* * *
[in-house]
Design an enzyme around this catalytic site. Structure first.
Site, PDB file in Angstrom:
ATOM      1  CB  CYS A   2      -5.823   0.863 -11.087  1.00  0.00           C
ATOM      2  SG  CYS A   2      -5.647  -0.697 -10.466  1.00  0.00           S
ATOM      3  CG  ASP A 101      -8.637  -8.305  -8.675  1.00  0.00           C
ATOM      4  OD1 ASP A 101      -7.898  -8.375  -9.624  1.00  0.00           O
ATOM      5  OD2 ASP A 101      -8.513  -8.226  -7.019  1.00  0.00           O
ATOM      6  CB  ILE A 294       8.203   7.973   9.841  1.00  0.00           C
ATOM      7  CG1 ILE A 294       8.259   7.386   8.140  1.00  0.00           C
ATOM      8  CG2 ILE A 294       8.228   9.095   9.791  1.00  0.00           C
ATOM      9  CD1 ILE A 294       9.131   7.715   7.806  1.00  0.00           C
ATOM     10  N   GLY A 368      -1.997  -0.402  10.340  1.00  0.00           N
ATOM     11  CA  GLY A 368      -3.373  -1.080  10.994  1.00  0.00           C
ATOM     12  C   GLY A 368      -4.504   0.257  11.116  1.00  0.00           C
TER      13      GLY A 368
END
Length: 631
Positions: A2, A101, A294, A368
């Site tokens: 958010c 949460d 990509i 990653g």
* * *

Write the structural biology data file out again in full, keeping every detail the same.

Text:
[in-house]
Design an enzyme around this catalytic site. Structure first.
Site, PDB file in Angstrom:
ATOM      1  CB  CYS A   2      -5.823   0.863 -11.087  1.00  0.00           C
ATOM      2  SG  CYS A   2      -5.647  -0.697 -10.466  1.00  0.00           S
ATOM      3  CG  ASP A 101      -8.637  -8.305  -8.675  1.00  0.00           C
ATOM      4  OD1 ASP A 101      -7.898  -8.375  -9.624  1.00  0.00           O
ATOM      5  OD2 ASP A 101      -8.513  -8.226  -7.019  1.00  0.00           O
ATOM      6  CB  ILE A 294       8.203   7.973   9.841  1.00  0.00           C
ATOM      7  CG1 ILE A 294       8.259   7.386   8.140  1.00  0.00           C
ATOM      8  CG2 ILE A 294       8.228   9.095   9.791  1.00  0.00           C
ATOM      9  CD1 ILE A 294       9.131   7.715   7.806  1.00  0.00           C
ATOM     10  N   GLY A 368      -1.997  -0.402  10.340  1.00  0.00           N
ATOM     11  CA  GLY A 368      -3.373  -1.080  10.994  1.00  0.00           C
ATOM     12  C   GLY A 368      -4.504   0.257  11.116  1.00  0.00           C
TER      13      GLY A 368
END
Length: 631
Positions: A2, A101, A294, A368
């Site tokens: 958010c 949460d 990509i 990653g």